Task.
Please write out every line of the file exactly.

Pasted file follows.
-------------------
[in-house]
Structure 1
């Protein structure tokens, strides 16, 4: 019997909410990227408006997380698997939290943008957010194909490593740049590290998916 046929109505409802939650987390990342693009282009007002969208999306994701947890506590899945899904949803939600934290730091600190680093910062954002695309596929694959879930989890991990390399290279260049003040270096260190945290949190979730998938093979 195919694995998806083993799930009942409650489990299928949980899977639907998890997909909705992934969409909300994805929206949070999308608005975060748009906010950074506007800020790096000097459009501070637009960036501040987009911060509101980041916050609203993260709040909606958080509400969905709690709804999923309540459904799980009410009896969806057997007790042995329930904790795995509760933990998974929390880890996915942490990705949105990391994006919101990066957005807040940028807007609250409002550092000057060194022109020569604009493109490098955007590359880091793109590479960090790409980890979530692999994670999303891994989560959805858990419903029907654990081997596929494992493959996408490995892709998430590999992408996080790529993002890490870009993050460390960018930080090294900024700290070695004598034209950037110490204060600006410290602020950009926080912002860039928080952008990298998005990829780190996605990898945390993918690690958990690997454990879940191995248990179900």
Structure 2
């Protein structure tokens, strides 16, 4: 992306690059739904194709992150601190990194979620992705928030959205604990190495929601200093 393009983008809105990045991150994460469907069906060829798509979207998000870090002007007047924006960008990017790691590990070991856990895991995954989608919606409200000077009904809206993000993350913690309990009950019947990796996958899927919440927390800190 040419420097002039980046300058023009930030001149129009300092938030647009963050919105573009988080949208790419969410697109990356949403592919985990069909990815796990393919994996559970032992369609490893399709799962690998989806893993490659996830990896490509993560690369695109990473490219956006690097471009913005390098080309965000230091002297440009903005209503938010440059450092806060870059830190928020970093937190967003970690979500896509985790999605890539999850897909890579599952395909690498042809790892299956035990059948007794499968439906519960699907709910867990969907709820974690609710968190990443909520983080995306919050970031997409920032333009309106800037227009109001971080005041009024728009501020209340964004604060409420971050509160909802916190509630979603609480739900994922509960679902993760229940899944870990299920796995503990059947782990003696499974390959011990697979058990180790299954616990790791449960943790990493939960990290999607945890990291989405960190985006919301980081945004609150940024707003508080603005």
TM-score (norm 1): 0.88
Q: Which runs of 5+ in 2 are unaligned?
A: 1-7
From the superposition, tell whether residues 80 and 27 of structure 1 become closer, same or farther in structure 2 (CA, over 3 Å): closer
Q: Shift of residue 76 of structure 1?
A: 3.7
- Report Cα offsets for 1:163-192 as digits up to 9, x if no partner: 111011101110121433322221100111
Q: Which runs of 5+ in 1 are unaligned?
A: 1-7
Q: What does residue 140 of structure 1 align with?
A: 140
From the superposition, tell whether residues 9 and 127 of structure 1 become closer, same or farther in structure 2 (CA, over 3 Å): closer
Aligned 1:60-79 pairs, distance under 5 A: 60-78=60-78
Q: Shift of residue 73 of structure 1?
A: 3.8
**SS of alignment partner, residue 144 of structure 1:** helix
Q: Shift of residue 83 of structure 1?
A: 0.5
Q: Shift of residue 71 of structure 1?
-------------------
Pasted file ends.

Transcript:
[in-house]
Structure 1
């Protein structure tokens, strides 16, 4: 019997909410990227408006997380698997939290943008957010194909490593740049590290998916 046929109505409802939650987390990342693009282009007002969208999306994701947890506590899945899904949803939600934290730091600190680093910062954002695309596929694959879930989890991990390399290279260049003040270096260190945290949190979730998938093979 195919694995998806083993799930009942409650489990299928949980899977639907998890997909909705992934969409909300994805929206949070999308608005975060748009906010950074506007800020790096000097459009501070637009960036501040987009911060509101980041916050609203993260709040909606958080509400969905709690709804999923309540459904799980009410009896969806057997007790042995329930904790795995509760933990998974929390880890996915942490990705949105990391994006919101990066957005807040940028807007609250409002550092000057060194022109020569604009493109490098955007590359880091793109590479960090790409980890979530692999994670999303891994989560959805858990419903029907654990081997596929494992493959996408490995892709998430590999992408996080790529993002890490870009993050460390960018930080090294900024700290070695004598034209950037110490204060600006410290602020950009926080912002860039928080952008990298998005990829780190996605990898945390993918690690958990690997454990879940191995248990179900």
Structure 2
């Protein structure tokens, strides 16, 4: 992306690059739904194709992150601190990194979620992705928030959205604990190495929601200093 393009983008809105990045991150994460469907069906060829798509979207998000870090002007007047924006960008990017790691590990070991856990895991995954989608919606409200000077009904809206993000993350913690309990009950019947990796996958899927919440927390800190 040419420097002039980046300058023009930030001149129009300092938030647009963050919105573009988080949208790419969410697109990356949403592919985990069909990815796990393919994996559970032992369609490893399709799962690998989806893993490659996830990896490509993560690369695109990473490219956006690097471009913005390098080309965000230091002297440009903005209503938010440059450092806060870059830190928020970093937190967003970690979500896509985790999605890539999850897909890579599952395909690498042809790892299956035990059948007794499968439906519960699907709910867990969907709820974690609710968190990443909520983080995306919050970031997409920032333009309106800037227009109001971080005041009024728009501020209340964004604060409420971050509160909802916190509630979603609480739900994922509960679902993760229940899944870990299920796995503990059947782990003696499974390959011990697979058990180790299954616990790791449960943790990493939960990290999607945890990291989405960190985006919301980081945004609150940024707003508080603005």
TM-score (norm 1): 0.88
Q: Which runs of 5+ in 2 are unaligned?
A: 1-7
From the superposition, tell whether residues 80 and 27 of structure 1 become closer, same or farther in structure 2 (CA, over 3 Å): closer
Q: Shift of residue 76 of structure 1?
A: 3.7
- Report Cα offsets for 1:163-192 as digits up to 9, x if no partner: 111011101110121433322221100111
Q: Which runs of 5+ in 1 are unaligned?
A: 1-7
Q: What does residue 140 of structure 1 align with?
A: 140
From the superposition, tell whether residues 9 and 127 of structure 1 become closer, same or farther in structure 2 (CA, over 3 Å): closer
Aligned 1:60-79 pairs, distance under 5 A: 60-78=60-78
Q: Shift of residue 73 of structure 1?
A: 3.8
**SS of alignment partner, residue 144 of structure 1:** helix
Q: Shift of residue 83 of structure 1?
A: 0.5
Q: Shift of residue 71 of structure 1?